New Crime Fighting Tools For 8th District
The streets of the French Quarter and Central Business District are about to get a little safer; thanks to a generous donation from the 8th district business community.
WGNO News Reporter Darian Trotter gives us a look at some shiny new crime-fighting tools.
Benjamin Owens spends a fair amount of time at Caliche & Pao Gallery, located on Royal Street in the French Quarter.
Over the years, he’s heard about a fair share of French Quarter crime.
“I find the Quarter a much safer place than it was considered years ago,” Owens said.
And 8th district officers are working to keep momentum moving in the right direction.
A donation from the French Quarter Management District will help.
30-thousand dollars in contributions from the business community was used to pay for five new scooters and five iPads.
“It’s really important that we support them,” Chairman Robert Watters said. “We know in these tough budget times their under pressure so it felt pretty good to be able to get people together and say this is a need and we’re going to help fill it.”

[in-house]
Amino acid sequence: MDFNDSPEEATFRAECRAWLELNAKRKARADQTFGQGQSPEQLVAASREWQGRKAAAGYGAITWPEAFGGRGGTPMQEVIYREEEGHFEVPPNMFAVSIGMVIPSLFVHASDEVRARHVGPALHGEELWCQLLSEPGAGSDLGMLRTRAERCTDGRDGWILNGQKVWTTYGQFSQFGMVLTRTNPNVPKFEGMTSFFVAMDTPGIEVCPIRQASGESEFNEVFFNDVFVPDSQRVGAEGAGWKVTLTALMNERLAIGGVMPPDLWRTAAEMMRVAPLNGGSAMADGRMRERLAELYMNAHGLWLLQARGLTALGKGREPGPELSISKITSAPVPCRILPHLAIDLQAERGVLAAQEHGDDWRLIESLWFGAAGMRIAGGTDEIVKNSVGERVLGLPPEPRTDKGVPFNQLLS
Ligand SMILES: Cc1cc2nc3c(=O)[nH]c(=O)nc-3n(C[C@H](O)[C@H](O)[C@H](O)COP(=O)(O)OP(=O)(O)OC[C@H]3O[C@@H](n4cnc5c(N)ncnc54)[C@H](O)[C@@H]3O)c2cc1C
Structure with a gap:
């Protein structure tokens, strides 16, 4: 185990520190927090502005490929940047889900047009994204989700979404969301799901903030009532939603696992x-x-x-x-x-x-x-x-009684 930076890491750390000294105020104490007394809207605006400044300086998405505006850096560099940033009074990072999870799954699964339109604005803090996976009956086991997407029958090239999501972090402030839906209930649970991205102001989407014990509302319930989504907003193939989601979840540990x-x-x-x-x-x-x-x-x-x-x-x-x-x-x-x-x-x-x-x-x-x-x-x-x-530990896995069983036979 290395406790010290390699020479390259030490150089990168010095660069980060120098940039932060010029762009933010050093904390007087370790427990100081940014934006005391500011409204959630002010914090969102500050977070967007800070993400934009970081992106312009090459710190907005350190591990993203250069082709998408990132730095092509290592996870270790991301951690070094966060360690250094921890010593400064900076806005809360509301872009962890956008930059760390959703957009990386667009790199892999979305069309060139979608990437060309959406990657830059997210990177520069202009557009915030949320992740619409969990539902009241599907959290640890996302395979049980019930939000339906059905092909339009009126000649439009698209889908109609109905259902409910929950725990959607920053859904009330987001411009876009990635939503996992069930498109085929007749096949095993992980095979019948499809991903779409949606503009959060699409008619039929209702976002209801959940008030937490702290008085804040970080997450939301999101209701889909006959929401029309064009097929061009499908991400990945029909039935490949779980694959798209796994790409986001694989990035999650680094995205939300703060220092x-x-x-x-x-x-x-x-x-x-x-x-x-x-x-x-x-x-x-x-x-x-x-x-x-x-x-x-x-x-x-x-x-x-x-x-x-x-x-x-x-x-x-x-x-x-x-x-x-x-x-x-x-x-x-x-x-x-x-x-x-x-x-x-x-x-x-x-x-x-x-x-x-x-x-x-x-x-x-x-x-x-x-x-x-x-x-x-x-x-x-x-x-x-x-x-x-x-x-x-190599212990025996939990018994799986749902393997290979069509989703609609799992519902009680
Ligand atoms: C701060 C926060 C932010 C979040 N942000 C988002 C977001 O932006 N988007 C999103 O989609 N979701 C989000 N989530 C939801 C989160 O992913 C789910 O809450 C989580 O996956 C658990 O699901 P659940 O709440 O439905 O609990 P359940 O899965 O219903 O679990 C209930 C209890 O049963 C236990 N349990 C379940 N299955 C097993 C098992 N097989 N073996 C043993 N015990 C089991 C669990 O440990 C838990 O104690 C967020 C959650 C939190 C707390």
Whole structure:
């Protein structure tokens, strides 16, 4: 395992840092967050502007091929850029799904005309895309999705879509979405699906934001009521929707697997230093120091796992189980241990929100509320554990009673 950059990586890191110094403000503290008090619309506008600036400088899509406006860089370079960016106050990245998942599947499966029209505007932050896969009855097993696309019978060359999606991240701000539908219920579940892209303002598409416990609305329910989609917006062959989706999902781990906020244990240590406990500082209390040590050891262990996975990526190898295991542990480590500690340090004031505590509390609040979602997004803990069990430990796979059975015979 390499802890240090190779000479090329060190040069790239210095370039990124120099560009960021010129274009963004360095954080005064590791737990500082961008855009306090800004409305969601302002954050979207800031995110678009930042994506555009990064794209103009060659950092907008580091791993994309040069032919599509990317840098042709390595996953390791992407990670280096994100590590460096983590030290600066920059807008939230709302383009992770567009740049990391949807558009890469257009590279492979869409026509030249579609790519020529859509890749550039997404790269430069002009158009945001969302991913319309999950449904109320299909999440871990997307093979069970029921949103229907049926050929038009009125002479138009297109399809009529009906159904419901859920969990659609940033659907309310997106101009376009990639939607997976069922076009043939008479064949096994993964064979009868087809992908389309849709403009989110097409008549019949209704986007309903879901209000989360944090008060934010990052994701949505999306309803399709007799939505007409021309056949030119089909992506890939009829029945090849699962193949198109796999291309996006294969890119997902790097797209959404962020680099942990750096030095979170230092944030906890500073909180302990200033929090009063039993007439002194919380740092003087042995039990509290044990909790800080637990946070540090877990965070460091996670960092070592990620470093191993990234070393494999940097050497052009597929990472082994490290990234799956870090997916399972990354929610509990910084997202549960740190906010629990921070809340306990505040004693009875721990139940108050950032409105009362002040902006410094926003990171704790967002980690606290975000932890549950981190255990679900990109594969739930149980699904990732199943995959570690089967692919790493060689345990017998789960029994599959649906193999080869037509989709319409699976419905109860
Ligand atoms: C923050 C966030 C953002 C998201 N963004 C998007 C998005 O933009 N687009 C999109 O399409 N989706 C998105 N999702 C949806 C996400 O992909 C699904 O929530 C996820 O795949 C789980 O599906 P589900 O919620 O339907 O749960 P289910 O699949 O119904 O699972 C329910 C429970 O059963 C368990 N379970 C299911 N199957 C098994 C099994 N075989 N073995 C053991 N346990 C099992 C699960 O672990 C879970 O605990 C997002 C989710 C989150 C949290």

The scooters will be used daily to improve safety for people who live, work, and play in the French Quarter.
Jack Sutton Jewelry clerk Pam Gengo thinks the scooters will improve patrols.
“I think it would be much quicker and I think that would be a benefit to the French Quarter,” Gengo said.
“And also when you’ve got to park and go take care of calls for service or meet someone or talk to someone you’re not taking up or you can pull this off to the side, be out of the way of traffic, both pedestrian and vehicle much easier,” New Orleans Police Superintendent Ronal Serpas said.
As for the iPads, 11-hundred private cameras keeping watch over the French Quarter are linked into a network that police can now access on the go.
“Having in your hand a computer that can do many things that you use to have to do at your desk makes you a lot more mobile, you’re a lot more effective,” Serpas said.
The scooters and iPads will be used by both patrol officers and detectives.
The hope is that they’ll be able to access camera footage faster and make more arrests.